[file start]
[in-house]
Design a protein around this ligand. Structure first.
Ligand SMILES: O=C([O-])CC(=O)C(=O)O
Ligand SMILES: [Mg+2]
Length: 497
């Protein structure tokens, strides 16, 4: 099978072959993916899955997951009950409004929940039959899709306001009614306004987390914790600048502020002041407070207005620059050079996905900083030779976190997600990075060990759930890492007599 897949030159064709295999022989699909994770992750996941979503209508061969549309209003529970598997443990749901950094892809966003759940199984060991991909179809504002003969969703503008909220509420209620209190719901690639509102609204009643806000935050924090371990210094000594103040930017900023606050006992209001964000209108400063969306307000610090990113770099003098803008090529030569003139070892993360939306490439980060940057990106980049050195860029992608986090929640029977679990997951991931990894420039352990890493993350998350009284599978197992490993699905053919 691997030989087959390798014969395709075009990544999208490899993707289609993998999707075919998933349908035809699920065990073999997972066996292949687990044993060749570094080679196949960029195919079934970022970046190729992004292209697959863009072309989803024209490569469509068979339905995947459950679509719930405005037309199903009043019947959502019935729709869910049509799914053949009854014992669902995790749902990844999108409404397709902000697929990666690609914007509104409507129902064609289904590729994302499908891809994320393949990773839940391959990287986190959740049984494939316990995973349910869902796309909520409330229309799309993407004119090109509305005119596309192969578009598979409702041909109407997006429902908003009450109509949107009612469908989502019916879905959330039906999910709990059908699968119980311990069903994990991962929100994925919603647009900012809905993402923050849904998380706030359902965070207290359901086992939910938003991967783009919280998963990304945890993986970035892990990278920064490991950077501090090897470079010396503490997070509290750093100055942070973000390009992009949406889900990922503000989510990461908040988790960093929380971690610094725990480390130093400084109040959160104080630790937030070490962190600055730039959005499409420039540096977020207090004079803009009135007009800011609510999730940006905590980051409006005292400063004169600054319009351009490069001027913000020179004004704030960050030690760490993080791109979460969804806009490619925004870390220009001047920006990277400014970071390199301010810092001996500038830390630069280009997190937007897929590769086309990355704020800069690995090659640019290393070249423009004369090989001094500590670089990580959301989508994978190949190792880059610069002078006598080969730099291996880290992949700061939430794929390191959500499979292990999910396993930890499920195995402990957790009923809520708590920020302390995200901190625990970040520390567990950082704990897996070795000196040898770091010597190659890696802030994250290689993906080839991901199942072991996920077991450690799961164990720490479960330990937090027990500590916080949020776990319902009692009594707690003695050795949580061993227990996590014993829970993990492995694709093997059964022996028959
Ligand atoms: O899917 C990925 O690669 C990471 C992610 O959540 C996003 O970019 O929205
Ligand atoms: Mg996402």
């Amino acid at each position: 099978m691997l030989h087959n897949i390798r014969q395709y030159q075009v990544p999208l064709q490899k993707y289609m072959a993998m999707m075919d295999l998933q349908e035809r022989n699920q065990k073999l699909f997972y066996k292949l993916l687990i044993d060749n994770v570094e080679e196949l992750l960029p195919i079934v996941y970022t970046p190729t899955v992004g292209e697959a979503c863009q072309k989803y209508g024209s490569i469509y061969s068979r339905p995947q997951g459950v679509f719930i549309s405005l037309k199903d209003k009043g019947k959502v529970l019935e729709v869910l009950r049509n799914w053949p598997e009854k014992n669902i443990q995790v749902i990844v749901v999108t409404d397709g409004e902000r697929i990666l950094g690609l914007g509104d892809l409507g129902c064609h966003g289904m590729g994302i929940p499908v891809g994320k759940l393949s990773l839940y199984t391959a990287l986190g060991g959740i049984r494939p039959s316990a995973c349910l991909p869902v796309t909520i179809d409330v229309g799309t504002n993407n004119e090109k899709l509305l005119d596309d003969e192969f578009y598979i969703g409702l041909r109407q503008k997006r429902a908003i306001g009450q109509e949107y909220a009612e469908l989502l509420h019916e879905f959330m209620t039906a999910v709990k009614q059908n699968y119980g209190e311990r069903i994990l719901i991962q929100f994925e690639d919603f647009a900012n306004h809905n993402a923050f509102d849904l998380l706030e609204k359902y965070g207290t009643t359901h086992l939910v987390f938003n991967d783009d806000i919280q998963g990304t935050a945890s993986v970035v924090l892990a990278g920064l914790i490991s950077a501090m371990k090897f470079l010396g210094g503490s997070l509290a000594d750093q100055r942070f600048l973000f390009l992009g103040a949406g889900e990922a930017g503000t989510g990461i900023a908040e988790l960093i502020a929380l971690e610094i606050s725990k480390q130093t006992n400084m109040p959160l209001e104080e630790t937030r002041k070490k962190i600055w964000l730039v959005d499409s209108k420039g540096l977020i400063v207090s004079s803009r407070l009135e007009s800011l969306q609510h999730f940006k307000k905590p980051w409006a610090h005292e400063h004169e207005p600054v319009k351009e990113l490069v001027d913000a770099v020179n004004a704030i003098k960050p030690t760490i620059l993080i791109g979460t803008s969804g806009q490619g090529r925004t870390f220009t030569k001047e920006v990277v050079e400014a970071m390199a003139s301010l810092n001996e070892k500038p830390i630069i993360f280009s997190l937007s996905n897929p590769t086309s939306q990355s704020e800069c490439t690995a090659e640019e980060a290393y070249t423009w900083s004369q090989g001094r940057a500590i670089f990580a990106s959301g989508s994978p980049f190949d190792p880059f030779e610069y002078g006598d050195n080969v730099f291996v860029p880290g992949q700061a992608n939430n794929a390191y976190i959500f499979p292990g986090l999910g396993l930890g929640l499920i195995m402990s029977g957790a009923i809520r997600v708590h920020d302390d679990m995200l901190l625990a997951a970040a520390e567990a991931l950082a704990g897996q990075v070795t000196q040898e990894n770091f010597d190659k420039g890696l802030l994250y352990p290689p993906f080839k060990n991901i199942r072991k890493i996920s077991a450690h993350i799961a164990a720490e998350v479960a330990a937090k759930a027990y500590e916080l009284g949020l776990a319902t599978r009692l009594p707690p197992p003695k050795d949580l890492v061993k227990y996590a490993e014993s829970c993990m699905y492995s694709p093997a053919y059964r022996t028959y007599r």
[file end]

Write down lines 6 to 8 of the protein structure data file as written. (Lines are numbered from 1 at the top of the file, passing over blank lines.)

């Protein structure tokens, strides 16, 4: 099978072959993916899955997951009950409004929940039959899709306001009614306004987390914790600048502020002041407070207005620059050079996905900083030779976190997600990075060990759930890492007599 897949030159064709295999022989699909994770992750996941979503209508061969549309209003529970598997443990749901950094892809966003759940199984060991991909179809504002003969969703503008909220509420209620209190719901690639509102609204009643806000935050924090371990210094000594103040930017900023606050006992209001964000209108400063969306307000610090990113770099003098803008090529030569003139070892993360939306490439980060940057990106980049050195860029992608986090929640029977679990997951991931990894420039352990890493993350998350009284599978197992490993699905053919 691997030989087959390798014969395709075009990544999208490899993707289609993998999707075919998933349908035809699920065990073999997972066996292949687990044993060749570094080679196949960029195919079934970022970046190729992004292209697959863009072309989803024209490569469509068979339905995947459950679509719930405005037309199903009043019947959502019935729709869910049509799914053949009854014992669902995790749902990844999108409404397709902000697929990666690609914007509104409507129902064609289904590729994302499908891809994320393949990773839940391959990287986190959740049984494939316990995973349910869902796309909520409330229309799309993407004119090109509305005119596309192969578009598979409702041909109407997006429902908003009450109509949107009612469908989502019916879905959330039906999910709990059908699968119980311990069903994990991962929100994925919603647009900012809905993402923050849904998380706030359902965070207290359901086992939910938003991967783009919280998963990304945890993986970035892990990278920064490991950077501090090897470079010396503490997070509290750093100055942070973000390009992009949406889900990922503000989510990461908040988790960093929380971690610094725990480390130093400084109040959160104080630790937030070490962190600055730039959005499409420039540096977020207090004079803009009135007009800011609510999730940006905590980051409006005292400063004169600054319009351009490069001027913000020179004004704030960050030690760490993080791109979460969804806009490619925004870390220009001047920006990277400014970071390199301010810092001996500038830390630069280009997190937007897929590769086309990355704020800069690995090659640019290393070249423009004369090989001094500590670089990580959301989508994978190949190792880059610069002078006598080969730099291996880290992949700061939430794929390191959500499979292990999910396993930890499920195995402990957790009923809520708590920020302390995200901190625990970040520390567990950082704990897996070795000196040898770091010597190659890696802030994250290689993906080839991901199942072991996920077991450690799961164990720490479960330990937090027990500590916080949020776990319902009692009594707690003695050795949580061993227990996590014993829970993990492995694709093997059964022996028959
Ligand atoms: O899917 C990925 O690669 C990471 C992610 O959540 C996003 O970019 O929205
Ligand atoms: Mg996402």